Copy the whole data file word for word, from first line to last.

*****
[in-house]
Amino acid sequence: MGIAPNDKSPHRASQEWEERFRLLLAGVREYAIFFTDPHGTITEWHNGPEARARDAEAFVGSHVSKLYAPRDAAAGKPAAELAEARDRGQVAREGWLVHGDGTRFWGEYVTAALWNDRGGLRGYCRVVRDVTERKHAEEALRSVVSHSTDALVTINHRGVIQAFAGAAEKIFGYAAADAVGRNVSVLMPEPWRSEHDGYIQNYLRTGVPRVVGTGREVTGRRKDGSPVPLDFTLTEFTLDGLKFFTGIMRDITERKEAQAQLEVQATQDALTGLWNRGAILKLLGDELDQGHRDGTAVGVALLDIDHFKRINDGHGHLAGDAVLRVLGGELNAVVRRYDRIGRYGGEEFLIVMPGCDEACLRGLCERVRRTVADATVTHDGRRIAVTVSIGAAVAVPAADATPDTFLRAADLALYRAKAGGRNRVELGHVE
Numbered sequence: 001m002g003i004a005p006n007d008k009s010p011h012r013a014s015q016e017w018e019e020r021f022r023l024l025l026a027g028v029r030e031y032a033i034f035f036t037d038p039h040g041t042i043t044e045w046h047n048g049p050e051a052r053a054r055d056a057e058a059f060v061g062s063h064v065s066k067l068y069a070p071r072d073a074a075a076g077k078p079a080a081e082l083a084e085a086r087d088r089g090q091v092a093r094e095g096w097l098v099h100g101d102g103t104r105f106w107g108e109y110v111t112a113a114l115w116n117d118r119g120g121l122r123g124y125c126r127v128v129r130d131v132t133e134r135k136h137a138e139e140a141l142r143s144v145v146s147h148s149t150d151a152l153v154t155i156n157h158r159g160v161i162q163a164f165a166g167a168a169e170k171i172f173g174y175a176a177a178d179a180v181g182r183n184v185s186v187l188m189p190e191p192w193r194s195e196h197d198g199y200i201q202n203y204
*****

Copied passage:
[in-house]
Amino acid sequence: MGIAPNDKSPHRASQEWEERFRLLLAGVREYAIFFTDPHGTITEWHNGPEARARDAEAFVGSHVSKLYAPRDAAAGKPAAELAEARDRGQVAREGWLVHGDGTRFWGEYVTAALWNDRGGLRGYCRVVRDVTERKHAEEALRSVVSHSTDALVTINHRGVIQAFAGAAEKIFGYAAADAVGRNVSVLMPEPWRSEHDGYIQNYLRTGVPRVVGTGREVTGRRKDGSPVPLDFTLTEFTLDGLKFFTGIMRDITERKEAQAQLEVQATQDALTGLWNRGAILKLLGDELDQGHRDGTAVGVALLDIDHFKRINDGHGHLAGDAVLRVLGGELNAVVRRYDRIGRYGGEEFLIVMPGCDEACLRGLCERVRRTVADATVTHDGRRIAVTVSIGAAVAVPAADATPDTFLRAADLALYRAKAGGRNRVELGHVE
Numbered sequence: 001m002g003i004a005p006n007d008k009s010p011h012r013a014s015q016e017w018e019e020r021f022r023l024l025l026a027g028v029r030e031y032a033i034f035f036t037d038p039h040g041t042i043t044e045w046h047n048g049p050e051a052r053a054r055d056a057e058a059f060v061g062s063h064v065s066k067l068y069a070p071r072d073a074a075a076g077k078p079a080a081e082l083a084e085a086r087d088r089g090q091v092a093r094e095g096w097l098v099h100g101d102g103t104r105f106w107g108e109y110v111t112a113a114l115w116n117d118r119g120g121l122r123g124y125c126r127v128v129r130d131v132t133e134r135k136h137a138e139e140a141l142r143s144v145v146s147h148s149t150d151a152l153v154t155i156n157h158r159g160v161i162q163a164f165a166g167a168a169e170k171i172f173g174y175a176a177a178d179a180v181g182r183n184v185s186v187l188m189p190e191p192w193r194s195e196h197d198g199y200i201q202n203y204